Local view for "http://purl.org/linkedpolitics/eu/plenary/2007-03-28-Speech-3-096"

PredicateValue (sorted: default)
dcterms:Is Part Of
lpv:document identification number
lpv:translated text
". Madam President, ladies and gentlemen, although the European Union does not have the foreign policy powers that many of us would like it to have, our debate today on Kosovo has greater political significance than it would in other circumstances, mainly because the discussion and the adoption of the Lagendijk report is taking place at a moment in politics when matters are still fluid, when events are evolving week by week and when individual participants can still influence events. I believe, therefore, that it would be very useful for the European Parliament to make a clear statement tomorrow – and the European Union the day after tomorrow, so to speak. If possible, it should do so with a large majority tomorrow in Parliament and, possibly, unanimously in Council a few weeks from now. I find it interesting that the assessments we have heard so far from Mr Lagendijk, the Council and the Commission are largely along similar lines. I think that is a very important prerequisite. I would like to briefly refer to five points. Firstly: the future of the Balkans and of Kosovo is a future in Europe. The first clear step that we can take to bring a bit of peace to those areas is to ensure a positive target for all – for Serbia and for Kosovo – namely, membership of the European Union. This is an objective that suits them but that also suits us very well, particularly with a view to transforming an area that will otherwise be unstable into an area of permanent peace, economic growth and multi-ethnic democracy. Secondly: we need to escape the institutional limbo that arose after 1999, and that is why we should support the report by Martti Ahtisaari and the position – which we hope will be unanimous – to be adopted by the Europeans within the United Nations Security Council. Thirdly: independence is the final result which the entire population of Kosovo would like to see and to which the Lagendijk report also refers, partly as a result of the amendments which we have tabled. Perhaps historians will tell us that it was an error not to provide for alternative options. Today, however, this is a reality, and one that the leaders of Serbia are also well aware of. They need to be politically reassured and not humiliated. It is necessary to realise that, on the symbolic level, Serbia has never given up Kosovo but at the same time, on the factual level, Kosovo has for years been outside the orbit of Serbian influence. Finally, the European Parliament must endorse – and I say again, unanimously – the Ahtisaari plan, in the hope that the same will occur in the next few weeks within the Council. Madam President, a final remark: the debate on the European Parliament’s budget, which we will have in a few weeks, must provide consistency between what we say on the political level and the financial instruments we adopt to help Kosovo towards the final result."@en1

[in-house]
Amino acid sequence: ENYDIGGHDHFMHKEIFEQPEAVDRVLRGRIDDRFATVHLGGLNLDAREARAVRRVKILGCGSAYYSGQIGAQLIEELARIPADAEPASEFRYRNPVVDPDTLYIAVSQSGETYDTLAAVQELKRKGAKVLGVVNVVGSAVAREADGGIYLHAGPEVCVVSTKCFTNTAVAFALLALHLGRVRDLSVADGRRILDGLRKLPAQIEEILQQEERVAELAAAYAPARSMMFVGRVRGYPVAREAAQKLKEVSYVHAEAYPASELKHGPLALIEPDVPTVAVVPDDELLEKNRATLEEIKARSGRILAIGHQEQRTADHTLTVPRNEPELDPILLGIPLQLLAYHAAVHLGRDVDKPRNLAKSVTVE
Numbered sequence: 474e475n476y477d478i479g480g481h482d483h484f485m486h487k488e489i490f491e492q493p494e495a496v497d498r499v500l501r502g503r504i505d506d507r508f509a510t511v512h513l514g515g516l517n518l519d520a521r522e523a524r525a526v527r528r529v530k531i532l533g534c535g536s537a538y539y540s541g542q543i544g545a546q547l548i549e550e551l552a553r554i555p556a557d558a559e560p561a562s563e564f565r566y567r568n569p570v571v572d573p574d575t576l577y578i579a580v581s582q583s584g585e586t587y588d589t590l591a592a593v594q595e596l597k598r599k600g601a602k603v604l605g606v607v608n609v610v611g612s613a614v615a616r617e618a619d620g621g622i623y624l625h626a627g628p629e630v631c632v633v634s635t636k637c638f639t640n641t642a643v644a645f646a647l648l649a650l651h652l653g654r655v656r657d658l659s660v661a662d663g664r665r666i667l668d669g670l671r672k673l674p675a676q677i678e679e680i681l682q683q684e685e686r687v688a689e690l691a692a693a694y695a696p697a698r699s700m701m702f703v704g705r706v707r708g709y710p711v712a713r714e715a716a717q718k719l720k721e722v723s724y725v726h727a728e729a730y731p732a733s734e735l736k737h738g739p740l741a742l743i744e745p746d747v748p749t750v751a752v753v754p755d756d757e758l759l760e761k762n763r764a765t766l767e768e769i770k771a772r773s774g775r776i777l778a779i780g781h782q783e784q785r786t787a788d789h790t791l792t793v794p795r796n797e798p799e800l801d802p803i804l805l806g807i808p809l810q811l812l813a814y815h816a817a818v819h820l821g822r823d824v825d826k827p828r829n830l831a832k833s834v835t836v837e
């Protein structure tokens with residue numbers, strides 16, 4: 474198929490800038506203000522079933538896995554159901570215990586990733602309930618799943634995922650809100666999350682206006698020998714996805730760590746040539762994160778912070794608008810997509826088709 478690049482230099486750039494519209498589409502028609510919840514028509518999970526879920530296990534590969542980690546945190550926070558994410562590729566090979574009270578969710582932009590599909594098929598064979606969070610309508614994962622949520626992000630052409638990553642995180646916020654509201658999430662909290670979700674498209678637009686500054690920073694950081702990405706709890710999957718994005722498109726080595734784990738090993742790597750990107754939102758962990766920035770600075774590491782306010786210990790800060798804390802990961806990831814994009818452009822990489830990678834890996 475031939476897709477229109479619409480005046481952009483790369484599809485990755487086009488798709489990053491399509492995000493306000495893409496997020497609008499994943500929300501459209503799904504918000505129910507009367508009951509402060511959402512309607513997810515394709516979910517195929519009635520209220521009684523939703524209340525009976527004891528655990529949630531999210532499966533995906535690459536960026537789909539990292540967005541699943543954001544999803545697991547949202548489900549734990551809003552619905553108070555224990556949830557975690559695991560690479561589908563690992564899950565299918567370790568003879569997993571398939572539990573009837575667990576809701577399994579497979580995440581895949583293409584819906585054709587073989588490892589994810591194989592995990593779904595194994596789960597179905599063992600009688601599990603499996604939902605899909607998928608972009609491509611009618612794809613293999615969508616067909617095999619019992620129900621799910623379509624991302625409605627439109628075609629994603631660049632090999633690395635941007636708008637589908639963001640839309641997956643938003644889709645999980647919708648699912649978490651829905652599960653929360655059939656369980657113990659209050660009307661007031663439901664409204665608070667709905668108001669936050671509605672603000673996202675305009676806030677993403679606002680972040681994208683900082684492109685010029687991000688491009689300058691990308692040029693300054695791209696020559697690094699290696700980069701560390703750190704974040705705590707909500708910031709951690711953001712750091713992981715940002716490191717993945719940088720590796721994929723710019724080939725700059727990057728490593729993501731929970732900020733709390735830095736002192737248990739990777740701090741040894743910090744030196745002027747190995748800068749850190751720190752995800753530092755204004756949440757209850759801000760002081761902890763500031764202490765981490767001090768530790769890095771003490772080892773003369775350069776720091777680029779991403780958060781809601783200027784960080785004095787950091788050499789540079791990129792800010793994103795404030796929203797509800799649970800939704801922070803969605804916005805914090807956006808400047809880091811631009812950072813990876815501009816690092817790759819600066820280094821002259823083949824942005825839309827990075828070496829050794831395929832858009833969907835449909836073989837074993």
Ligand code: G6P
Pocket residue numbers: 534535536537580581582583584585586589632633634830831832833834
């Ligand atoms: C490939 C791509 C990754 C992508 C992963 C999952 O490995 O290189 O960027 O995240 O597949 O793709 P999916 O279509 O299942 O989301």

Named graphs describing this resource:


The resource appears as object in 2 triples

Context graph